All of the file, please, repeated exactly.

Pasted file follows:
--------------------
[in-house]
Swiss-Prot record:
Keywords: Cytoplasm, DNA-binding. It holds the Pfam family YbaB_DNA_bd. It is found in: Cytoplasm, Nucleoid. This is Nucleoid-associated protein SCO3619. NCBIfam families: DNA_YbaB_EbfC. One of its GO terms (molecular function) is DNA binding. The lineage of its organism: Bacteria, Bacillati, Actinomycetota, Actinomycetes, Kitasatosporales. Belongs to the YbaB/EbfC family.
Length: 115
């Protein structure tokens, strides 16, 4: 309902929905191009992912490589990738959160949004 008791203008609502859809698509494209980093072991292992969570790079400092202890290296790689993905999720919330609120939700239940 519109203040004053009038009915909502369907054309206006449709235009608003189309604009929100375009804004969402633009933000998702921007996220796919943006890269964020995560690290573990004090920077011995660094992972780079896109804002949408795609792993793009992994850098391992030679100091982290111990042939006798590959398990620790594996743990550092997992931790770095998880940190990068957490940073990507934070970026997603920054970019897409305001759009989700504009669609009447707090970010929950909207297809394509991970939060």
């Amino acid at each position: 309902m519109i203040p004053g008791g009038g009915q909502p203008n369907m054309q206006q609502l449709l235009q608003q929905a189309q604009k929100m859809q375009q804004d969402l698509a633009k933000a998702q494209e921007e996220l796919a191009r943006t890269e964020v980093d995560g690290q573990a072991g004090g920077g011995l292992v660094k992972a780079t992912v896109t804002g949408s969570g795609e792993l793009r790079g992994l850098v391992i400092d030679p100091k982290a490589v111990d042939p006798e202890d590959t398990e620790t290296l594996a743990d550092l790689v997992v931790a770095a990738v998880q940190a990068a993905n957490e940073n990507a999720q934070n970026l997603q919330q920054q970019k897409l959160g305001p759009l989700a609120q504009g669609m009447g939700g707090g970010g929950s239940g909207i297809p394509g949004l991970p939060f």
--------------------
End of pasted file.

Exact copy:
[in-house]
Swiss-Prot record:
Keywords: Cytoplasm, DNA-binding. It holds the Pfam family YbaB_DNA_bd. It is found in: Cytoplasm, Nucleoid. This is Nucleoid-associated protein SCO3619. NCBIfam families: DNA_YbaB_EbfC. One of its GO terms (molecular function) is DNA binding. The lineage of its organism: Bacteria, Bacillati, Actinomycetota, Actinomycetes, Kitasatosporales. Belongs to the YbaB/EbfC family.
Length: 115
């Protein structure tokens, strides 16, 4: 309902929905191009992912490589990738959160949004 008791203008609502859809698509494209980093072991292992969570790079400092202890290296790689993905999720919330609120939700239940 519109203040004053009038009915909502369907054309206006449709235009608003189309604009929100375009804004969402633009933000998702921007996220796919943006890269964020995560690290573990004090920077011995660094992972780079896109804002949408795609792993793009992994850098391992030679100091982290111990042939006798590959398990620790594996743990550092997992931790770095998880940190990068957490940073990507934070970026997603920054970019897409305001759009989700504009669609009447707090970010929950909207297809394509991970939060």
């Amino acid at each position: 309902m519109i203040p004053g008791g009038g009915q909502p203008n369907m054309q206006q609502l449709l235009q608003q929905a189309q604009k929100m859809q375009q804004d969402l698509a633009k933000a998702q494209e921007e996220l796919a191009r943006t890269e964020v980093d995560g690290q573990a072991g004090g920077g011995l292992v660094k992972a780079t992912v896109t804002g949408s969570g795609e792993l793009r790079g992994l850098v391992i400092d030679p100091k982290a490589v111990d042939p006798e202890d590959t398990e620790t290296l594996a743990d550092l790689v997992v931790a770095a990738v998880q940190a990068a993905n957490e940073n990507a999720q934070n970026l997603q919330q920054q970019k897409l959160g305001p759009l989700a609120q504009g669609m009447g939700g707090g970010g929950s239940g909207i297809p394509g949004l991970p939060f």